}
    
    data "ct_config" "machine-ignitions" {
      for_each = toset(var.machines)
      content  = data.template_file.machine-configs[each.key].rendered
    }
    
    data "template_file" "machine-configs" {
      for_each = toset(var.machines)
      template = file("${path.module}/machine-${each.key}.yaml.tmpl")
    
      vars = {
        ssh_keys = jsonencode(var.ssh_keys)
        name     = each.key
      }
    }
    

    Create a variables.tf file that declares the variables used above:

    variable "machines" {
      type        = list(string)
      description = "Machine names, corresponding to machine-NAME.yaml.tmpl files"
    }
    
    variable "cluster_name" {
      type        = string
      description = "Cluster name used as prefix for the machine names"
    }
    
    variable "ssh_keys" {
      type        = list(string)
      description = "SSH public keys for user 'core', only needed if you don't have it specified in the Equinix Metal Project"
    }
    
    variable "facilities" {
      type        = list(string)
      default     = ["sjc1"]
      description = "List of facility codes with deployment preferences"
    }
    
    variable "plan" {
      type        = string
      default     = "t1.small.x86"
      description = "The device plan slug"
    }
    
    variable "project_id" {
      type        = string
      description = "The Equinix Metal Project to deploy in (in the web UI URL after /projects/)"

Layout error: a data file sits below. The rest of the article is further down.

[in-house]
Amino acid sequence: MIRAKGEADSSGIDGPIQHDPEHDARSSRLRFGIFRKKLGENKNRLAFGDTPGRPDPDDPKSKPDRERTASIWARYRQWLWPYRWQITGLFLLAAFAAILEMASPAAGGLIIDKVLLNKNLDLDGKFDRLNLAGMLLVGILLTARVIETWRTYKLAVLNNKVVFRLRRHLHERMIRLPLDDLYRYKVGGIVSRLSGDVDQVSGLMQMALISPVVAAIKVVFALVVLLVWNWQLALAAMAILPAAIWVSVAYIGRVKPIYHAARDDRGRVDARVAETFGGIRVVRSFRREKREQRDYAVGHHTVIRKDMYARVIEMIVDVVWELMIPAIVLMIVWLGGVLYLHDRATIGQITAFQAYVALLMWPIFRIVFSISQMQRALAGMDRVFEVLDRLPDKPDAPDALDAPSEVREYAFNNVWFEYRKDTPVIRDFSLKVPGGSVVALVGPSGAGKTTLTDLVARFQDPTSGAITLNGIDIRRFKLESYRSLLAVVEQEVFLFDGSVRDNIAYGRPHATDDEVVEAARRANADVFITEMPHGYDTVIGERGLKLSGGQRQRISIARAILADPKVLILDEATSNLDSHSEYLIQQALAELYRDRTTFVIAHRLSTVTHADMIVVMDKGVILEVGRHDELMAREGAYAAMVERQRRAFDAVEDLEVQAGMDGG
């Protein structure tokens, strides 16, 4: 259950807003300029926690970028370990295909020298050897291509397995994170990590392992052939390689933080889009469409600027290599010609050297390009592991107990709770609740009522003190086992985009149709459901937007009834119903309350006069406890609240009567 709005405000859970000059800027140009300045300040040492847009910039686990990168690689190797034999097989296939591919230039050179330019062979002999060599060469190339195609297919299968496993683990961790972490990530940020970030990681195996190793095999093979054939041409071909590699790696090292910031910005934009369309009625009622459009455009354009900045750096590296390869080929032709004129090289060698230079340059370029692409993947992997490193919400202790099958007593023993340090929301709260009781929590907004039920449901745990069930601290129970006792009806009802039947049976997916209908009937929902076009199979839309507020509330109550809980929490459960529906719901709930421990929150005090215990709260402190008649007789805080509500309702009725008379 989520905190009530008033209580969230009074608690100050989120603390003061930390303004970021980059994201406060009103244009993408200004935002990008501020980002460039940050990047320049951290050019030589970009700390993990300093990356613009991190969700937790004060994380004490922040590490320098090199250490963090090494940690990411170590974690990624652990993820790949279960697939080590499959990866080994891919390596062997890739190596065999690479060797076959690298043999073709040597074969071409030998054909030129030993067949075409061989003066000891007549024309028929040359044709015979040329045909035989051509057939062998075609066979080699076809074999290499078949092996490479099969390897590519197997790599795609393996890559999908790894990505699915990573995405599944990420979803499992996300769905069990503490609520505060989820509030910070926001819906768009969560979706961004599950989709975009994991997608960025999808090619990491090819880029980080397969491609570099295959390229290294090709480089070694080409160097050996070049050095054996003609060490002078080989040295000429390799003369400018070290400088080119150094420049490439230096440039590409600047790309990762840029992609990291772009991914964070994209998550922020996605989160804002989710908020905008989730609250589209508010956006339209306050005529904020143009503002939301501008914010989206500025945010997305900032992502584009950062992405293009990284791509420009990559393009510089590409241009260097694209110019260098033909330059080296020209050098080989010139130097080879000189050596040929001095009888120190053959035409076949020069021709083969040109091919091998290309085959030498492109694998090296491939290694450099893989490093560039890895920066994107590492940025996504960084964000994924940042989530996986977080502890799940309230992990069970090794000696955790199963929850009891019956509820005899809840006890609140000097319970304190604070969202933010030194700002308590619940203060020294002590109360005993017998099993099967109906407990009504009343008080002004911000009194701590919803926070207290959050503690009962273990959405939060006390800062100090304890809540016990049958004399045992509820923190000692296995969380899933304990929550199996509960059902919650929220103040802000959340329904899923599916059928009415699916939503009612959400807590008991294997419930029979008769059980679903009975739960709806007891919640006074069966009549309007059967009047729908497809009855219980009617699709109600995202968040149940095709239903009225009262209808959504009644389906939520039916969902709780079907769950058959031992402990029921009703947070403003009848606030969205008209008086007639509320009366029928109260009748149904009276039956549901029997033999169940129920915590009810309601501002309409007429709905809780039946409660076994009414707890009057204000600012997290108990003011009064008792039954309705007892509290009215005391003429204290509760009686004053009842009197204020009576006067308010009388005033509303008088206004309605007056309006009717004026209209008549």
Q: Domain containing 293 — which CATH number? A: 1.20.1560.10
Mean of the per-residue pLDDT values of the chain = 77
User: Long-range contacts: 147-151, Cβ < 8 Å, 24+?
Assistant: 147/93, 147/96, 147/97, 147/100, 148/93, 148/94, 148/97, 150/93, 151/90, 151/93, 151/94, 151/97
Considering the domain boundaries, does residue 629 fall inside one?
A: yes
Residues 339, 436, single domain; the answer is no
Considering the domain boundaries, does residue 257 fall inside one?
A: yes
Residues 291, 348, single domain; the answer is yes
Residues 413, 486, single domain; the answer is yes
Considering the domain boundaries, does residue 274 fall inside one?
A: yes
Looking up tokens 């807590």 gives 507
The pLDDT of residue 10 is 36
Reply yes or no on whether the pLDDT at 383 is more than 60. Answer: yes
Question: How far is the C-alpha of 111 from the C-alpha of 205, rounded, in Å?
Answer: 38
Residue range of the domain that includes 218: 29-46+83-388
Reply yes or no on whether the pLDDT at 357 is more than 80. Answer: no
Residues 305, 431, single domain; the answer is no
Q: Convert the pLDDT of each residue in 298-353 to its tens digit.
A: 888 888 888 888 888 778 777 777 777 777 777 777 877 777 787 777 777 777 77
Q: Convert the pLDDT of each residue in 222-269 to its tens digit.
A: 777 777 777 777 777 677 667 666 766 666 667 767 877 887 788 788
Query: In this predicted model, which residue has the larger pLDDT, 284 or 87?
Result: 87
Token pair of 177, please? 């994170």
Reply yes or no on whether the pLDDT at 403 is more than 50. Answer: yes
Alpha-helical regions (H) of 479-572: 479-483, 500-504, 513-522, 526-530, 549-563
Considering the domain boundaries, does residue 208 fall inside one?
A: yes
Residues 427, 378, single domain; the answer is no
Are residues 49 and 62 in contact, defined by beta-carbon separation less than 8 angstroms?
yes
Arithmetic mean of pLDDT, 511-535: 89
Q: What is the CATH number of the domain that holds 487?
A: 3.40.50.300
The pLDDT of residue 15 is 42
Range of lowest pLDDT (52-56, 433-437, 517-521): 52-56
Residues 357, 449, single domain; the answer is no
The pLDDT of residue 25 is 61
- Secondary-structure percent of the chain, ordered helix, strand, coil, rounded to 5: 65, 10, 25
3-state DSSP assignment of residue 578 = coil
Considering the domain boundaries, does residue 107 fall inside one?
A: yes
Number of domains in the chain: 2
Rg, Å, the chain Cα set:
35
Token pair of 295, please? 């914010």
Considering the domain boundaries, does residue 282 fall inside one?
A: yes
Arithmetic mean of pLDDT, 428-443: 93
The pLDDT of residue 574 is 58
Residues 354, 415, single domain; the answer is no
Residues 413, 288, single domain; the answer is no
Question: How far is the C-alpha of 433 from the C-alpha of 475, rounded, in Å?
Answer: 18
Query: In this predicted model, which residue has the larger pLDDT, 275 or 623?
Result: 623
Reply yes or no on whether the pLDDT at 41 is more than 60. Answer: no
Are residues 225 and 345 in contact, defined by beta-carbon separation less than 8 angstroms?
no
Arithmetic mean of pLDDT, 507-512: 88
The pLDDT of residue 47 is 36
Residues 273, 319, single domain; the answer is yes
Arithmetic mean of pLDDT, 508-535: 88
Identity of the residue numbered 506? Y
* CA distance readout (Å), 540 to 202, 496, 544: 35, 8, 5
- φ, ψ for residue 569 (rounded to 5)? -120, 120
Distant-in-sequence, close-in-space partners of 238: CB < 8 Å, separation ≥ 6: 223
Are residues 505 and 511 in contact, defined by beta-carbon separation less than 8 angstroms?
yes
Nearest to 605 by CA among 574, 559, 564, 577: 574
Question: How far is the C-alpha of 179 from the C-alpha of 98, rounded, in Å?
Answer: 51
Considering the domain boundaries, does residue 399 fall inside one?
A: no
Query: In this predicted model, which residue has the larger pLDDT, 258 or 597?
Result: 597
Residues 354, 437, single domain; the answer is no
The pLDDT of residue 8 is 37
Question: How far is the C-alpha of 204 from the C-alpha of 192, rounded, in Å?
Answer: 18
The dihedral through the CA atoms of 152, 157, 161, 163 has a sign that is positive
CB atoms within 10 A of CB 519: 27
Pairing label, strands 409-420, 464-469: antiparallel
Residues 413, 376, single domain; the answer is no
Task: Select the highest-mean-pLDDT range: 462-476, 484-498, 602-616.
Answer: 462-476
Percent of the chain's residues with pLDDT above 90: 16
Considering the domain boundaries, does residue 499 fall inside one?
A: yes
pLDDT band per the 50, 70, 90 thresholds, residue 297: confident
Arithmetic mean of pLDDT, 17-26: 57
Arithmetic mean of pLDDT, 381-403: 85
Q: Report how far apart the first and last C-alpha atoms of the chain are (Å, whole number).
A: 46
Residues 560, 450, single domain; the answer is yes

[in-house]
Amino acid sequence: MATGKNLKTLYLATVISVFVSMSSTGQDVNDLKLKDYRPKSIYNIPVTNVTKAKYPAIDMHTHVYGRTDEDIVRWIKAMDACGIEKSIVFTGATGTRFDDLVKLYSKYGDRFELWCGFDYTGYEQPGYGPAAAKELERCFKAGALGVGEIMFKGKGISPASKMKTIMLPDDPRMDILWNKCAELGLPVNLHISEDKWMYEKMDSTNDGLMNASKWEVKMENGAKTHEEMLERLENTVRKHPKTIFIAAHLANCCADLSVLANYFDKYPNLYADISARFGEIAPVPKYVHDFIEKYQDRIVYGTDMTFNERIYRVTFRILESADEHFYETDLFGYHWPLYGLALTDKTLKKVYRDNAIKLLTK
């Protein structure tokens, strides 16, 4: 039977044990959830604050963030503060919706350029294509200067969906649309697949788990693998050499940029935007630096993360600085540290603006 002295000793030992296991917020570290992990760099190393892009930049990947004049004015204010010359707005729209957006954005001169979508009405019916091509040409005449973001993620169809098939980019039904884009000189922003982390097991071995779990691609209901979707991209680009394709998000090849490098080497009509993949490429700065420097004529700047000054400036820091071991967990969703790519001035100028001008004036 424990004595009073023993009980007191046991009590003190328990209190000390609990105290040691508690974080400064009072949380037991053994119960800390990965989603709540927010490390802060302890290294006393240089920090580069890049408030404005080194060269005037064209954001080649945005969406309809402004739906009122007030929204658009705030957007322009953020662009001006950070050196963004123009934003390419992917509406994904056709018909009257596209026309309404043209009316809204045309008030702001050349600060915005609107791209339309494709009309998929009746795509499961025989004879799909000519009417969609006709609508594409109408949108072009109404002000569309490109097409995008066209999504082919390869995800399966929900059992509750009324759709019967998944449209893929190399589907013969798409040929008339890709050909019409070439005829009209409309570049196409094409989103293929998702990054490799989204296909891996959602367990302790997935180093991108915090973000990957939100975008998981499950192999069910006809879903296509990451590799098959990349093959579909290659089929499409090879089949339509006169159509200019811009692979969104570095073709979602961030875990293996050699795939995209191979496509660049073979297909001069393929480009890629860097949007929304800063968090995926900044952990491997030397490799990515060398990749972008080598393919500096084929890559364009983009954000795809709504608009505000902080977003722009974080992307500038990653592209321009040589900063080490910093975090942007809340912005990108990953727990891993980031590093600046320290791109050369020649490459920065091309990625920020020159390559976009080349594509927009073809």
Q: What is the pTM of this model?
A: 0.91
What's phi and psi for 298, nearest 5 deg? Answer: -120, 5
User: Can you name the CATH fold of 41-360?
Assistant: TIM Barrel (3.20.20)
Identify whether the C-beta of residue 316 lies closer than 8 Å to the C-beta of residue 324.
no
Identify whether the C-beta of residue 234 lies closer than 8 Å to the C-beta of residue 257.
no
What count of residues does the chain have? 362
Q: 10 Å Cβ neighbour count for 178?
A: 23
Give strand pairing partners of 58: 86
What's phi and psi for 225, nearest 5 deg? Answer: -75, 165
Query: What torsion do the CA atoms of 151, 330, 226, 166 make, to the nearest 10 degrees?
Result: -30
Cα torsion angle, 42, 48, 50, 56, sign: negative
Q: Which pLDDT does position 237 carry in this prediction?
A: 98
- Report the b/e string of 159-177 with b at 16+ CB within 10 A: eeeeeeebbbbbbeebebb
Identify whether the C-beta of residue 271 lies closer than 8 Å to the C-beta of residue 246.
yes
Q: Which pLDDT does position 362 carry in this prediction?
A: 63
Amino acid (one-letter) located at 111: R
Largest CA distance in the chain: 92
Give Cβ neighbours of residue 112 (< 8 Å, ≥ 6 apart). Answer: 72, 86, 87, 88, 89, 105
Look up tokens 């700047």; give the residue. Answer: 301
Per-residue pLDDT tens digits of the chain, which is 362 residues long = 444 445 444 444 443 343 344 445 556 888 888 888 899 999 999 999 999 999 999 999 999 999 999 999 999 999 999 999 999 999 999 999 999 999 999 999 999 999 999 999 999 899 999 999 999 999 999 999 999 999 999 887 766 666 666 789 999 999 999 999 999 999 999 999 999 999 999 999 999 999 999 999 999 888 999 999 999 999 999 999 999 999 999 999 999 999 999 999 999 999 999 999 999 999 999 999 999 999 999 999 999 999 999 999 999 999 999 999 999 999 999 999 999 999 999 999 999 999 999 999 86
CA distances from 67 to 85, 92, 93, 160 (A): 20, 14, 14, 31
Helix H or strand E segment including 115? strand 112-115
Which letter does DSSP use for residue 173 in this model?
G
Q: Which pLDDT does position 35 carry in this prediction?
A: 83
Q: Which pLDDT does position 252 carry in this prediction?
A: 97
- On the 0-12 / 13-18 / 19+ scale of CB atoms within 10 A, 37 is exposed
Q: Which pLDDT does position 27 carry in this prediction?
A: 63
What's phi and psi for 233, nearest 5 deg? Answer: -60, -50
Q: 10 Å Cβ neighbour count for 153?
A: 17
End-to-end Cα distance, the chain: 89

}
    

    An outputs.tf file shows the resulting IP addresses:

    output "ip-addresses" {
      value = {
        for key in var.machines :
        "${var.cluster_name}-${key}" => packet_device.machine[key].access_public_ipv4
      }
    }
    

    Now you can use the module by declaring the variables and a Container Linux Configuration for a machine. First create a terraform.tfvars file with your settings:

    cluster_name = "mycluster"
    machines     = ["mynode"]
    plan         = "t1.small.x86"
    facilities   = ["sjc1"]
    project_id   = "1...-2...-3...-4...-5..."
    ssh_keys     = ["ssh-rsa AA... [email protected]"]
    

    Create the configuration for mynode in the file machine-mynode.yaml.tmpl:

    ---
    passwd:
      users:
        - name: core
          ssh_authorized_keys: ${ssh_keys}
    storage:
      files:
        - path: /home/core/works
          filesystem: root
          mode: 0755
          contents:
            inline: |
              #!/bin/bash
              set -euo pipefail
              hostname="$(hostname)"
              echo My name is ${name} and the hostname is $${hostname}          
    
    

    Finally, run Terraform v0.13 as follows to create the machine:

    export PACKET_AUTH_TOKEN=...
    terraform init
    terraform apply
    

    Log in via ssh -o StrictHostKeyChecking=no -o UserKnownHostsFile=/dev/null [email protected] with the printed IP address.

    When you make a change to machine-mynode.yaml.tmpl and run terraform apply again, the machine will be replaced.

    It is recommended to register your SSH key in the Equinix Metal Project to use the out-of-band console. Since Flatcar will fetch this key, too, you can remove it from the YAML config.